In effect, as the Trump administration gives physical expression to its affection for Israel, a rift appears to be widening between the world’s two main centers of Jewish life.
The immediate threats to Israeli security could of course fizzle. The rift between American and Israeli Jews could heal with a new administration in either place, if not before. Even the risk posed by the embassy move could prove no more dampening to the celebration, in retrospect, than the smashing of a glass at a Jewish wedding.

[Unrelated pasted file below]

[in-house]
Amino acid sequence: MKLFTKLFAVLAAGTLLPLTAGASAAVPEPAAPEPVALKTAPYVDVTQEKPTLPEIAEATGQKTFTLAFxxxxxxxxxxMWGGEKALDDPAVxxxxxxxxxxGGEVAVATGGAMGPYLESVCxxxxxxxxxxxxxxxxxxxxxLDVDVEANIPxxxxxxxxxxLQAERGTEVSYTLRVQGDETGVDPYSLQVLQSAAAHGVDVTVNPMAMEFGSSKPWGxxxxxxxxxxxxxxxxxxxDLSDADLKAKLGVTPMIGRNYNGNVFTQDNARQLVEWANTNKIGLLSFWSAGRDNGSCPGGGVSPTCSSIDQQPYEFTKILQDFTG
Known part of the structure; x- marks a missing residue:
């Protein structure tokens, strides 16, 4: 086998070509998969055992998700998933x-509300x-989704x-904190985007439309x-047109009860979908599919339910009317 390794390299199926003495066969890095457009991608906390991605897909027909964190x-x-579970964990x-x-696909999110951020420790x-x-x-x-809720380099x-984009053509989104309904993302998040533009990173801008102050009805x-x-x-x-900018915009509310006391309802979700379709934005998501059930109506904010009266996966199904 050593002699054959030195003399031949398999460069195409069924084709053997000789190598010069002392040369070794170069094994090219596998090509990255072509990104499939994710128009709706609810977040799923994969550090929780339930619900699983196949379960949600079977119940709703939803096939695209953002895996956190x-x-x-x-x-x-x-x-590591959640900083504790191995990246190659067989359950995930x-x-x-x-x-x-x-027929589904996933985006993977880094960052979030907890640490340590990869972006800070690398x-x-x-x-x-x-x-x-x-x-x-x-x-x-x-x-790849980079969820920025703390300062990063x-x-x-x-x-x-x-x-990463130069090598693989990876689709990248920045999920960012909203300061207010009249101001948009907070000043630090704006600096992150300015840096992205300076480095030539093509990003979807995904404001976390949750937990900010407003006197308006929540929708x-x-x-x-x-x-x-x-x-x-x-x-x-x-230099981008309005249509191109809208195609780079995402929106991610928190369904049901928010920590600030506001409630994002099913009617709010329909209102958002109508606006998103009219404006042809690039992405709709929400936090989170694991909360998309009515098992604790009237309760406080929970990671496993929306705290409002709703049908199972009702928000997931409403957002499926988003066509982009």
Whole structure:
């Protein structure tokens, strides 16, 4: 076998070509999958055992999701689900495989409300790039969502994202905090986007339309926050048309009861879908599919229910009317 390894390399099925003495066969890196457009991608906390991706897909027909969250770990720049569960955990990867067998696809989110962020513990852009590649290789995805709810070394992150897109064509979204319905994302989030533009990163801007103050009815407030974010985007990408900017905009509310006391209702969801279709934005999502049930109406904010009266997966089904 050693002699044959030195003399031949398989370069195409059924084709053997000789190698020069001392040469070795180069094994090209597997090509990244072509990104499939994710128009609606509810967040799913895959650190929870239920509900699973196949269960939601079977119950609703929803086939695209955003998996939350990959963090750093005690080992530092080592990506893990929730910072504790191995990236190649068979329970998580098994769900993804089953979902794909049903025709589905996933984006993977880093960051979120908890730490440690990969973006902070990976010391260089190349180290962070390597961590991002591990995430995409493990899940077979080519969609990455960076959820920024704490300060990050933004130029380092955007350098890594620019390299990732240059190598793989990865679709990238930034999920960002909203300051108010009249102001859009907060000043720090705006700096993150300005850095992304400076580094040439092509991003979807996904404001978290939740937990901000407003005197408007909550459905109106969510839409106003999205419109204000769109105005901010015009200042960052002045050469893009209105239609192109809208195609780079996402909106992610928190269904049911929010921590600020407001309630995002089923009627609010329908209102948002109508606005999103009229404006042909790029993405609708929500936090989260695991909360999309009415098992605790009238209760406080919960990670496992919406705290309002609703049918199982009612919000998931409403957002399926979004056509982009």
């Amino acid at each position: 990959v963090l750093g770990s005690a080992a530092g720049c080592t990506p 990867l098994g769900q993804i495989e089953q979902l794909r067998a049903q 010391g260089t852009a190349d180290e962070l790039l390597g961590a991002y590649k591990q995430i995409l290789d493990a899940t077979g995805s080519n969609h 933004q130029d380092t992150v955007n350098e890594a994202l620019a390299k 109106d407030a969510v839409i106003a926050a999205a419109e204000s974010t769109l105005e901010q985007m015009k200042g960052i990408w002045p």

And Secretary of State Mike Pompeo said the Middle East peace process “is most decidedly not dead,” despite the embassy move, telling “Fox News Sunday” that the United States still hopes to be able to “achieve a successful outcome” to the Israeli-Palestinian conflict.
Mr. Segev, the biographer, said he had learned in his research that Ben-Gurion had never cared much for Jerusalem, and had refrained from trying to take the city in 1948 in part because he knew it would be difficult to guard its Old City from extremists.
In that sense, Mr. Segev said, little seems to have changed.
“That’s what Jerusalem is all about,” he said. “That’s why it’s been a problem the last 3,000 years. And it may be a problem for the next 3,000 years.”